What's Your Next-Door Neighbor Story?

lonely in the burbs

We moved to the suburbs away from a close-quartered, close-knit community of immigrants and locals about five years ago. School was 200 yards away, the subway just around the corner. My elderly neighbour on the left passed me tomatoes and roses and told us stories of the street back in 1952 when they bought their house for $2000. My neighbour on the right passed me peaches and swore in Portuguese at the raccoons.
Here in the quiet, leafy streets of Oakville, I still don't know many of my neighbours names. I do know the ones on the left don't like kids, especially don't like kids drawing chalk pictures on "their" half of the driveway. They only leave their house to mow, shovel, rake or drive away. They never even look up to say hello so I am left talking to the tops of their heads-brief one-word exchanges. On the bright side, they are very quiet and I can play my music in the backyard as loud as I wish since they never come out just to "relax". The lady on the left has two grown sons but I only ever see one of them when he is cutting the grass in the summer. I see her when she leaves for work in the morning but all she says is HI. She has a lovely back yard but I've never seen her in it. The Austrian widow across the street shovels her snow, rakes her leaves and cuts her grass like she's 25 years old and when I look out my window on lazy winter mornings to see her battling away, I feel old and guilty. She always gives my girls treats and German chocolate on holidays. She walks her dog faithfully three times a day. He's an unlovable terrier named Benji who barks and growls at anyone who'll listen. We always stop to chat but she refuses any gifts or offers of help.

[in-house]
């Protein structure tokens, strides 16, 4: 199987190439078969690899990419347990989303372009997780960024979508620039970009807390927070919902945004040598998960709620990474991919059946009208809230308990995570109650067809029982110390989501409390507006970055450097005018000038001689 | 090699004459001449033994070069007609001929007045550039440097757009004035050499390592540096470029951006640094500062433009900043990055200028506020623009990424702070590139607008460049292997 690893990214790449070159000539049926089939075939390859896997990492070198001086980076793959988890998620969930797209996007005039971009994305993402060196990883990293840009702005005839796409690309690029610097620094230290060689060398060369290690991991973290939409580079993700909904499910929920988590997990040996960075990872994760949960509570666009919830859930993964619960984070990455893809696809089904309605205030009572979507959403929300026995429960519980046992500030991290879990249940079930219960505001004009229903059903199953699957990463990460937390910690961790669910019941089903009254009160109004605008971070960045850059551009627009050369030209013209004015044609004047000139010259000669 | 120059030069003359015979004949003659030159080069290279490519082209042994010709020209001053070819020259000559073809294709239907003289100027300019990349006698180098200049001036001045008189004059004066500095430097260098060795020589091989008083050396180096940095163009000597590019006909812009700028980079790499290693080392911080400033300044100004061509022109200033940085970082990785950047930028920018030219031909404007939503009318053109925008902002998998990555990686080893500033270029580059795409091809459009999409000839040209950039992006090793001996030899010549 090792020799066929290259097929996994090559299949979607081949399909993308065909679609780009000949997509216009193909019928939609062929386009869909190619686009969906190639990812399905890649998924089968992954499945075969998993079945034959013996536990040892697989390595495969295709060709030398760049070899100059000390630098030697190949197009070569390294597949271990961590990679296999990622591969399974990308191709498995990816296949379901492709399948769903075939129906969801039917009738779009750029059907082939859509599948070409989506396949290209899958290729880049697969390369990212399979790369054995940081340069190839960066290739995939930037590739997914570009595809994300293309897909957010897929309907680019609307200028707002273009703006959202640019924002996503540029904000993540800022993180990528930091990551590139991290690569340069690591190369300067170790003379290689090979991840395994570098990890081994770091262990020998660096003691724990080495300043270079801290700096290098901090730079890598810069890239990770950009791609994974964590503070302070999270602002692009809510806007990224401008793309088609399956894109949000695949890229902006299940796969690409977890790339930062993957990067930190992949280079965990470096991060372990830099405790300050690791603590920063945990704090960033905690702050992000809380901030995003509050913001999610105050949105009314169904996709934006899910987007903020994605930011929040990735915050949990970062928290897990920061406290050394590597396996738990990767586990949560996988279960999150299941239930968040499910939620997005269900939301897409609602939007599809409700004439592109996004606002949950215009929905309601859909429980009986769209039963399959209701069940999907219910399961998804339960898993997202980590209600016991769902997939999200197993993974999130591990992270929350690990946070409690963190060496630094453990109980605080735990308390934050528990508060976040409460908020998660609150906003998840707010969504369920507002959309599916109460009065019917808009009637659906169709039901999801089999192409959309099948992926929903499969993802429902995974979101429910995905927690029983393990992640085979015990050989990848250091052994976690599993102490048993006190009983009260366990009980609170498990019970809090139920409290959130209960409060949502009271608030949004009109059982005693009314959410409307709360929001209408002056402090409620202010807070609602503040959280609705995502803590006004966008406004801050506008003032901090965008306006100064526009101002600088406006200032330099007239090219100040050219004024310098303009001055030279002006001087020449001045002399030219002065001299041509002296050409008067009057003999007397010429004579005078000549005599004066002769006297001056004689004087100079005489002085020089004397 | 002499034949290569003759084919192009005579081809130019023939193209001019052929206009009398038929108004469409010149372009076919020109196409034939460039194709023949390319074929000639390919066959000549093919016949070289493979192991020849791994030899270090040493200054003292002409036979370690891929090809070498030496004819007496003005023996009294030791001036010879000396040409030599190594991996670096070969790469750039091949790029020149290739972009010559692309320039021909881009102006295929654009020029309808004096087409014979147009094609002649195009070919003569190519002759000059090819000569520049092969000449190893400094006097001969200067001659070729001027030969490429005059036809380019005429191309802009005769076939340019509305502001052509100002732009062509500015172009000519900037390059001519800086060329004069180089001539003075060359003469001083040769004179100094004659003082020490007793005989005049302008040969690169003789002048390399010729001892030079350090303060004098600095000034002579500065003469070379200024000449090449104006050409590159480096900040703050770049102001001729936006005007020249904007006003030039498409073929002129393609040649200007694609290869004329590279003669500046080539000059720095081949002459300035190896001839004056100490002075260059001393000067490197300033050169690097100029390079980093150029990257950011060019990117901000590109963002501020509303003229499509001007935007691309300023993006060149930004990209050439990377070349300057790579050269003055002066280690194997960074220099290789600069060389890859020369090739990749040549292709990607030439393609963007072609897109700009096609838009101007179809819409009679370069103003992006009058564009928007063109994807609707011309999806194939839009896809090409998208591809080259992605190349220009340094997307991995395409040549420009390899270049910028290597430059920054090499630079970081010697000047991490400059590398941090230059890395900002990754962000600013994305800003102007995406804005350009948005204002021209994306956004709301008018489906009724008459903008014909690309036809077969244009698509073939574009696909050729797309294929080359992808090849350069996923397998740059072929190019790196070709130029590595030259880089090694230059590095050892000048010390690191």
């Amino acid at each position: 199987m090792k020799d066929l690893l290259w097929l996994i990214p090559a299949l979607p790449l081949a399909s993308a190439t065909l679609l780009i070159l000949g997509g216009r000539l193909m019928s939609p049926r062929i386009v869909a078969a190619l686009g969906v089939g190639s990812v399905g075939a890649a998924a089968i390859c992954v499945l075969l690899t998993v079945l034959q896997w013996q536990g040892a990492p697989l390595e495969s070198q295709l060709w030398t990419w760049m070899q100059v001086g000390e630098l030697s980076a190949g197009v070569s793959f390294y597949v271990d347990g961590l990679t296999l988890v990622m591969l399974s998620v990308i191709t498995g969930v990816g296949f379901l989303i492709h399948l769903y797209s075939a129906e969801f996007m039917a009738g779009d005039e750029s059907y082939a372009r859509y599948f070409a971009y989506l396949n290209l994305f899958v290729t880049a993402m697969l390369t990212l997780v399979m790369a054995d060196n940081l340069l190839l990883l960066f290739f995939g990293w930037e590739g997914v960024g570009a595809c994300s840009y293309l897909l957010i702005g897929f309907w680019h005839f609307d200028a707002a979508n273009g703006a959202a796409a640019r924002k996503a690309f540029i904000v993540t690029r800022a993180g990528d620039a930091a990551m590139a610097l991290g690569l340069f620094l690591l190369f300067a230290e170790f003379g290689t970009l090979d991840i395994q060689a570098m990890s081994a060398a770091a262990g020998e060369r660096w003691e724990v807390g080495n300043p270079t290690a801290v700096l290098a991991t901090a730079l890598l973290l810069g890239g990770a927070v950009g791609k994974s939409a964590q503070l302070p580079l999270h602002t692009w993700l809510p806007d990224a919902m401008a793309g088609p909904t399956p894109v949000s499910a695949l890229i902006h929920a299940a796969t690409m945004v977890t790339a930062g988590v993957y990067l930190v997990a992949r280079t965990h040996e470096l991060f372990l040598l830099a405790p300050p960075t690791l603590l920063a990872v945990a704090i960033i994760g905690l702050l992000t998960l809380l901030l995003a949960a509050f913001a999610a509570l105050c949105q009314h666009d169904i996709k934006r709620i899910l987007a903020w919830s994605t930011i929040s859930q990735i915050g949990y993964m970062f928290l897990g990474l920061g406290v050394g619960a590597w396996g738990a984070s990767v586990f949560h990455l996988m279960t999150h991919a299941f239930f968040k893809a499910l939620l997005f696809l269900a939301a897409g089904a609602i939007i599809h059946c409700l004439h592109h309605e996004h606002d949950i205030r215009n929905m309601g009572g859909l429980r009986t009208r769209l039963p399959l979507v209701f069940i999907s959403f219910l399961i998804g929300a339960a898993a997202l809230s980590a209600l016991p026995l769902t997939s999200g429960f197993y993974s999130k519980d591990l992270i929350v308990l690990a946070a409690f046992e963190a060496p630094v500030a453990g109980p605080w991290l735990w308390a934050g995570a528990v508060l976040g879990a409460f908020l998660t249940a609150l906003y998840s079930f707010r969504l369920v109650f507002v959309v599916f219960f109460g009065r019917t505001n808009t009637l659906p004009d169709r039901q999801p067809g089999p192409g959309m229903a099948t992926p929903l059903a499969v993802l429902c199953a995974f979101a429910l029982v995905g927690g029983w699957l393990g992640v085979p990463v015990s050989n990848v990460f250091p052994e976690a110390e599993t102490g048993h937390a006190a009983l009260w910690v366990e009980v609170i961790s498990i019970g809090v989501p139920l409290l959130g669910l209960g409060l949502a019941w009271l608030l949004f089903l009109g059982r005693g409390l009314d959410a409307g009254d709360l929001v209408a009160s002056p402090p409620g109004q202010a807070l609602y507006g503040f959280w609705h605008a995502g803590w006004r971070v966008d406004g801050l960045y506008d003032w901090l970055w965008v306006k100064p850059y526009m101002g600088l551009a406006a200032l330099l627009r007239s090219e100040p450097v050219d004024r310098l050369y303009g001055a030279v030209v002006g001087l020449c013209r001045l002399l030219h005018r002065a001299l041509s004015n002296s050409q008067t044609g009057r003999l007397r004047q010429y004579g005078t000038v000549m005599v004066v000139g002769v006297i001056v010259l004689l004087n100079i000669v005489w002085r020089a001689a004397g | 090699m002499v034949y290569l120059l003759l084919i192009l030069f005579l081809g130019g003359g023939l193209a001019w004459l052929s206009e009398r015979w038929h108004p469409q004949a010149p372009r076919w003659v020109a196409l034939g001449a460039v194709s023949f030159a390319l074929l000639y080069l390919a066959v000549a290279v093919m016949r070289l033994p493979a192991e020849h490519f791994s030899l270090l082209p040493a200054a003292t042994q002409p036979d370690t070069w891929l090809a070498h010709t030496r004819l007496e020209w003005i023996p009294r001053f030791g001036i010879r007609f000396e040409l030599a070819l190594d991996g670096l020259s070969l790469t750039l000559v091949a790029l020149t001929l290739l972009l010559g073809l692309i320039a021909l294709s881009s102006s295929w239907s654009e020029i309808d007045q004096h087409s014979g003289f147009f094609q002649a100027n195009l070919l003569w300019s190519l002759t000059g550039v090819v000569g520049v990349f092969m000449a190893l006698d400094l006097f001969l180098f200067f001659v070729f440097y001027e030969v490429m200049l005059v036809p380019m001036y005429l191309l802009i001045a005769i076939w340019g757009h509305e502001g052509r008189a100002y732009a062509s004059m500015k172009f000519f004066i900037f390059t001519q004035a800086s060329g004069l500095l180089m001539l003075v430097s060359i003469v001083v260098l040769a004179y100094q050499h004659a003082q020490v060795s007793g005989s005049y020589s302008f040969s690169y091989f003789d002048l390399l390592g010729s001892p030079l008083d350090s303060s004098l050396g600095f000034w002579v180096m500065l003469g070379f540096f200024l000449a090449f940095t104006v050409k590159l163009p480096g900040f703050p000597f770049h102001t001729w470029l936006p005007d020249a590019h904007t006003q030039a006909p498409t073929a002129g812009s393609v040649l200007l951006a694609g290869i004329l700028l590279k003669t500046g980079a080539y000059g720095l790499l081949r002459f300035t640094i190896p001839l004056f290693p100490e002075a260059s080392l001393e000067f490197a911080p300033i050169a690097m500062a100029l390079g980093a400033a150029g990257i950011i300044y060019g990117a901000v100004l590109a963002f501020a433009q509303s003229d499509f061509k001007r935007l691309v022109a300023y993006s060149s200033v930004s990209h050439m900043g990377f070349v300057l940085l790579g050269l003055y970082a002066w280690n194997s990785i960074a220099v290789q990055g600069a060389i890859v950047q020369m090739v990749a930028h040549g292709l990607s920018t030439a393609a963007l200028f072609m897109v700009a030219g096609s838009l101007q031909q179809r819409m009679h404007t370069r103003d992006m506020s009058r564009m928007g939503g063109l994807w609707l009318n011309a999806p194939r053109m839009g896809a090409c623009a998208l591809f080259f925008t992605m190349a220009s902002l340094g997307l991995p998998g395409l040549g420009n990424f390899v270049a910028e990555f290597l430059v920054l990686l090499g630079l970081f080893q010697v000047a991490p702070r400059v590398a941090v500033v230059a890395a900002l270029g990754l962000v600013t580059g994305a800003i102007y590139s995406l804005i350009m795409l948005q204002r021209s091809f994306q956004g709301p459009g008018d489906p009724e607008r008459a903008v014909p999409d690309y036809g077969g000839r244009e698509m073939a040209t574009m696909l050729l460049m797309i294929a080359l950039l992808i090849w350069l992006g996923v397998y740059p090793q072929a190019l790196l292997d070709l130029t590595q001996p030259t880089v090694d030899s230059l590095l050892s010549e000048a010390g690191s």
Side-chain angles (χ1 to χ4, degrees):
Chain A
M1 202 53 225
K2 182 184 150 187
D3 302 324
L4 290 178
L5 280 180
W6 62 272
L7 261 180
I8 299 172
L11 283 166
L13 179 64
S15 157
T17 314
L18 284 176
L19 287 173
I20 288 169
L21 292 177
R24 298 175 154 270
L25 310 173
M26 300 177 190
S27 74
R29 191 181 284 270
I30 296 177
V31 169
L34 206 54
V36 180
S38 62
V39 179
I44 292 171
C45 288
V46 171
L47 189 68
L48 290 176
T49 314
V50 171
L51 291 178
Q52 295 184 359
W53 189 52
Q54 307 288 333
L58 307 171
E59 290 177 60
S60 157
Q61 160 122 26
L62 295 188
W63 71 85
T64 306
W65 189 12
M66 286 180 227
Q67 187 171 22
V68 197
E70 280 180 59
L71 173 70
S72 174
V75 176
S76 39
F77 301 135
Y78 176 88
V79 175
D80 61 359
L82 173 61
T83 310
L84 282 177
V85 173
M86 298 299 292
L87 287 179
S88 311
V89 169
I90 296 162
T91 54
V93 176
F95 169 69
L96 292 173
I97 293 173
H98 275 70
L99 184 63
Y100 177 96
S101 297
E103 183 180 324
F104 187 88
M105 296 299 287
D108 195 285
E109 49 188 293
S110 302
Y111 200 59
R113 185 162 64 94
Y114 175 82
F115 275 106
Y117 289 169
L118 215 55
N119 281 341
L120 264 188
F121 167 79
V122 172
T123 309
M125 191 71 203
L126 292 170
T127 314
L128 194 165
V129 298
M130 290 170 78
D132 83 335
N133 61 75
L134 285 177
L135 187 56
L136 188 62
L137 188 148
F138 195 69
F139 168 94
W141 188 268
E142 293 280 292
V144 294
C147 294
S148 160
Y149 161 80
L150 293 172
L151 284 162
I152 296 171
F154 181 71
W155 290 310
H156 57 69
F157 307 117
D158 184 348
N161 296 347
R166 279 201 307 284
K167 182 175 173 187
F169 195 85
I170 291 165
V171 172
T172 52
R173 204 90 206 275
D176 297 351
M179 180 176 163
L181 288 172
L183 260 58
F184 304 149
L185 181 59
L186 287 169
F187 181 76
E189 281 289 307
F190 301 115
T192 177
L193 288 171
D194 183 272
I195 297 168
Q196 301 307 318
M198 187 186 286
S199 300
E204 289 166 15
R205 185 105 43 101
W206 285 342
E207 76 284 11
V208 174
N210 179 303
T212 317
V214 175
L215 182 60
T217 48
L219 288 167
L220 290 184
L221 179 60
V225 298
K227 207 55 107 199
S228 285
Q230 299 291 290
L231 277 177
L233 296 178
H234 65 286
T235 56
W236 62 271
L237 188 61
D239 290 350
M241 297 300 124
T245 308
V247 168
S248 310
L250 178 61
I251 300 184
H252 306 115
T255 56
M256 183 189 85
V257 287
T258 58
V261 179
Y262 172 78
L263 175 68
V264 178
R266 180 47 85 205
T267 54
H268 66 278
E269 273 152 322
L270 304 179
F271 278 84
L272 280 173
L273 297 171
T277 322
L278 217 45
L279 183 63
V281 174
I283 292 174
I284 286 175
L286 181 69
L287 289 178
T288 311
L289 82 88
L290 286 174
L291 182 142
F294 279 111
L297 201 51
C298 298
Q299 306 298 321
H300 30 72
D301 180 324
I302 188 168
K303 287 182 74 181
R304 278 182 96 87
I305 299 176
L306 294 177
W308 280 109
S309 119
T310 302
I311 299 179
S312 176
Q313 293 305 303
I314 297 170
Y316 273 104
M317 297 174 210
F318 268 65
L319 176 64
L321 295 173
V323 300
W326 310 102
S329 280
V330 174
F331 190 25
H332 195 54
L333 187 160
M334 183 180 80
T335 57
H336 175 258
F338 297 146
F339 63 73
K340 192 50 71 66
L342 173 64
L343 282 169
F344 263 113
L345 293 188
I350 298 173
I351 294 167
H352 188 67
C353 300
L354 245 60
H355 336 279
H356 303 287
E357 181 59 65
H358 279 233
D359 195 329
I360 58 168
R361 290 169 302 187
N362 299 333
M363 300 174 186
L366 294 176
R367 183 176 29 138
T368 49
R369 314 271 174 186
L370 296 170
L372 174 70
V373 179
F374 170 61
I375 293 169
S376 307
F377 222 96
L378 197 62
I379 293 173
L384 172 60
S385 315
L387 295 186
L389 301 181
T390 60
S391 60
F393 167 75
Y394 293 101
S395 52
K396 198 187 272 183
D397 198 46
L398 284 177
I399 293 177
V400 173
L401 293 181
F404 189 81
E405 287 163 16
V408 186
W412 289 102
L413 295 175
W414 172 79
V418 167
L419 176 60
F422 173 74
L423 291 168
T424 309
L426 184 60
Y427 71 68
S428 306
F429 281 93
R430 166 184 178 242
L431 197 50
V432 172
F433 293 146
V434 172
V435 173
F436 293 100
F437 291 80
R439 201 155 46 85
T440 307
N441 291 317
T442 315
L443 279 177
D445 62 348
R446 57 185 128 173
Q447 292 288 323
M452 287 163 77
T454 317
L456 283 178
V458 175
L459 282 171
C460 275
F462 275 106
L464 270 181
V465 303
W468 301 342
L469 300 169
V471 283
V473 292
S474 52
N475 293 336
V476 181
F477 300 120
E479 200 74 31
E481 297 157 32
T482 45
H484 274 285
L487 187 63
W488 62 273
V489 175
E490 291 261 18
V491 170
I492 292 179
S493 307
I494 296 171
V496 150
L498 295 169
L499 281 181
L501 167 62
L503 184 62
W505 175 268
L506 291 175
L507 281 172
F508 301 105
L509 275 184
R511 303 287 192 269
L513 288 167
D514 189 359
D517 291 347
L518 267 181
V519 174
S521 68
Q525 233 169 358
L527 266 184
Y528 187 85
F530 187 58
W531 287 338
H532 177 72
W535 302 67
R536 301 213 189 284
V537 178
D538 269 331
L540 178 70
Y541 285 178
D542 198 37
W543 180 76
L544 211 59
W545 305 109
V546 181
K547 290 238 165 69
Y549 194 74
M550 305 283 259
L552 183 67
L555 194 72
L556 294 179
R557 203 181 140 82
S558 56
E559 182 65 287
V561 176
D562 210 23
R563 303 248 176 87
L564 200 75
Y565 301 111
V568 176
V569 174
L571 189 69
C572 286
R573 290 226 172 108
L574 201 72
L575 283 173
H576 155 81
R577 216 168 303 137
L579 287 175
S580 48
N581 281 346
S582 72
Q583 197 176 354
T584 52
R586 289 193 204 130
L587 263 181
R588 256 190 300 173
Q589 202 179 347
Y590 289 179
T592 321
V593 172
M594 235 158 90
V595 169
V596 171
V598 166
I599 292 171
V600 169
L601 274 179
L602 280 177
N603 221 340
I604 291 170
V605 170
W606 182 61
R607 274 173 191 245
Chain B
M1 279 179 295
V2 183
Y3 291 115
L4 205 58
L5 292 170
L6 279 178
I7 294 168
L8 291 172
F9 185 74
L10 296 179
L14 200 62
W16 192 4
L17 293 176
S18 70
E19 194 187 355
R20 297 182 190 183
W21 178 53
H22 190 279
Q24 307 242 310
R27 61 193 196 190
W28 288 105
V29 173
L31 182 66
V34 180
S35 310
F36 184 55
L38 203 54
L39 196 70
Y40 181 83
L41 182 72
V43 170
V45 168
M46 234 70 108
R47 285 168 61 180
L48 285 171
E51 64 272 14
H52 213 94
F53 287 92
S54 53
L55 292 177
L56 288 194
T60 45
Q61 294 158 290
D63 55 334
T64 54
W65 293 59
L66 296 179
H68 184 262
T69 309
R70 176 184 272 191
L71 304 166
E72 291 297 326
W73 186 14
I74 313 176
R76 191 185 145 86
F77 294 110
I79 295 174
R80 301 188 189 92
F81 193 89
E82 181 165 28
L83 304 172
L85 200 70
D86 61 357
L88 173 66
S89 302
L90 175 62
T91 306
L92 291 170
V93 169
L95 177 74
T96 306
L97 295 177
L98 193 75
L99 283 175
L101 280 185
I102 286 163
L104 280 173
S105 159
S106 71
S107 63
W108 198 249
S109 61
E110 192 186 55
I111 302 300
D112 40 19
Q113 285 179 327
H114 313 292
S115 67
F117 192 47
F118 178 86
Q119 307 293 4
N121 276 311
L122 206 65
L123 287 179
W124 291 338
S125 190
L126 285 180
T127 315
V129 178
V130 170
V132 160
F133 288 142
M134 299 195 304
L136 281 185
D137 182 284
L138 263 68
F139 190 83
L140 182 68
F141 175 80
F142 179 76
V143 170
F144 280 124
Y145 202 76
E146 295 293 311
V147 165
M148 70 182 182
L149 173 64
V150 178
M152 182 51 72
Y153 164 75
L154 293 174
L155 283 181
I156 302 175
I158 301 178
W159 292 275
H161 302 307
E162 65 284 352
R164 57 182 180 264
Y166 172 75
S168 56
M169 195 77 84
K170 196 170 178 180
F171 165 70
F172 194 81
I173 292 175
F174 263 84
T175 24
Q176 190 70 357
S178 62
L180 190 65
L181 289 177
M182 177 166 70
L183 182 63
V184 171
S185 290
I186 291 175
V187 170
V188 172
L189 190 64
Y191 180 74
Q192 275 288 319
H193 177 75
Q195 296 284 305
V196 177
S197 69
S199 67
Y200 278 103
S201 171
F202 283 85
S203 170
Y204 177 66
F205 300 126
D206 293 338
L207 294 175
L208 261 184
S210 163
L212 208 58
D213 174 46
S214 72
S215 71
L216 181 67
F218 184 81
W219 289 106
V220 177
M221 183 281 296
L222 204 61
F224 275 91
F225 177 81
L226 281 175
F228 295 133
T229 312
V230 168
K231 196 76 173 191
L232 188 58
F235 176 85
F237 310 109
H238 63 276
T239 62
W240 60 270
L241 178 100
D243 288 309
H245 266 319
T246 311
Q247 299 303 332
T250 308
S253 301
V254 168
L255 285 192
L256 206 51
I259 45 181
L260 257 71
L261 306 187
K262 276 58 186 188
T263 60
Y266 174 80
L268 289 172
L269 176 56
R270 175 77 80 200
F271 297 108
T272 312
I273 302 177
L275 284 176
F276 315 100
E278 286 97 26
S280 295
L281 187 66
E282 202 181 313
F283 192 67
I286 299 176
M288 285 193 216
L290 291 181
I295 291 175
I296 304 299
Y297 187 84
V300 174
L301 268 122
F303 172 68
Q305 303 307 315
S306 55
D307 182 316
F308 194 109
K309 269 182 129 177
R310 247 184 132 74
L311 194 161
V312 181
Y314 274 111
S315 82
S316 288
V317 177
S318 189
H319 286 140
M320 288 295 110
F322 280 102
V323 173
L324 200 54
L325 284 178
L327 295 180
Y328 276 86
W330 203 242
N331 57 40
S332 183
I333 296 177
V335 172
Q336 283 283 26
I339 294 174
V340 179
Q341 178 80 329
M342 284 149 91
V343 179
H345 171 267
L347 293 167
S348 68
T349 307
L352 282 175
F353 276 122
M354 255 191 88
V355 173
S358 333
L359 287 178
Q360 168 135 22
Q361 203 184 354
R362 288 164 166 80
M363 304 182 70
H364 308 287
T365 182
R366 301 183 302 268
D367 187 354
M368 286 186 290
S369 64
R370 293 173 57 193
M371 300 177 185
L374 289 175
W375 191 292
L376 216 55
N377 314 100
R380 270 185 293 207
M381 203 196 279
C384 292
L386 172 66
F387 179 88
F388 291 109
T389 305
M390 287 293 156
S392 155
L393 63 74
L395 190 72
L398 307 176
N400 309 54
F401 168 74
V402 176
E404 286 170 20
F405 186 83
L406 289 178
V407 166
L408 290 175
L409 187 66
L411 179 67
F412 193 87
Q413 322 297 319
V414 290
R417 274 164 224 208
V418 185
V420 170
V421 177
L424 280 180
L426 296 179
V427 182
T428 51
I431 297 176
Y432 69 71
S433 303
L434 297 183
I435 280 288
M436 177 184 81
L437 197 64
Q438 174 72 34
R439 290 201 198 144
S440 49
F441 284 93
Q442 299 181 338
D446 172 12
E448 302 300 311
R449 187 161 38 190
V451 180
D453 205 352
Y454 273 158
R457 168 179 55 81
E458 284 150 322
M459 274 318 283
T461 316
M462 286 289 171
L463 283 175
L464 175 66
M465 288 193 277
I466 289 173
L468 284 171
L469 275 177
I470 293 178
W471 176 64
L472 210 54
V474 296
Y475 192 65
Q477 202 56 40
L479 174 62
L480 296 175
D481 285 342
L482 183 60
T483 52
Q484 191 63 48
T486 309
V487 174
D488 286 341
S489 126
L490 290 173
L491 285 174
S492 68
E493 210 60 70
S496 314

I am used to them, as they are probably used to me, to our yard with its endless array of kids bikes and helmets, scooters, chalk, stuffed animals and general untidiness. Our lawn is not pristine and our driveway is cracked beyond dignity. Is it love? Or is it just a matter of time until we give up and move back to the noise and buustle of city life?

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Have a Next-Door Neighbor Story?

As part of our new webcomic, Next-Door Neighbor, we thought it appropriate to have a little contest. Tell us your best true next-door neighbor story, and the winning tale will be matched with an artist and transformed into a webcomic and included as the final installment of Next-Door Neighbor.

About Next-Door Neighbor


No matter how close or how far, we all live next to someone, and we all have a Next-Door Neighbor story. With that in mind, editor Dean Haspiel asked some of his favorite storytellers and cartoonists to create their favorite NDN stories so we could share them with you.

The Fine Print & Contest Rules

By submitting an entry, you are granting SMITH the right to reprint or republish that entry online or in print, as well as make any necessary edits. See SMITH's terms of service for complete details.

This contest ends September 1, 2008. Prizes are not redeemable for cash and must be accepted as awarded. Winners are decided at the discretion of SMITH judges and all decisions are final. SMITH reserves the right to change the contest rules. Enter as often as you want. SMITH reserves the right to reprint or republish all entries.

 
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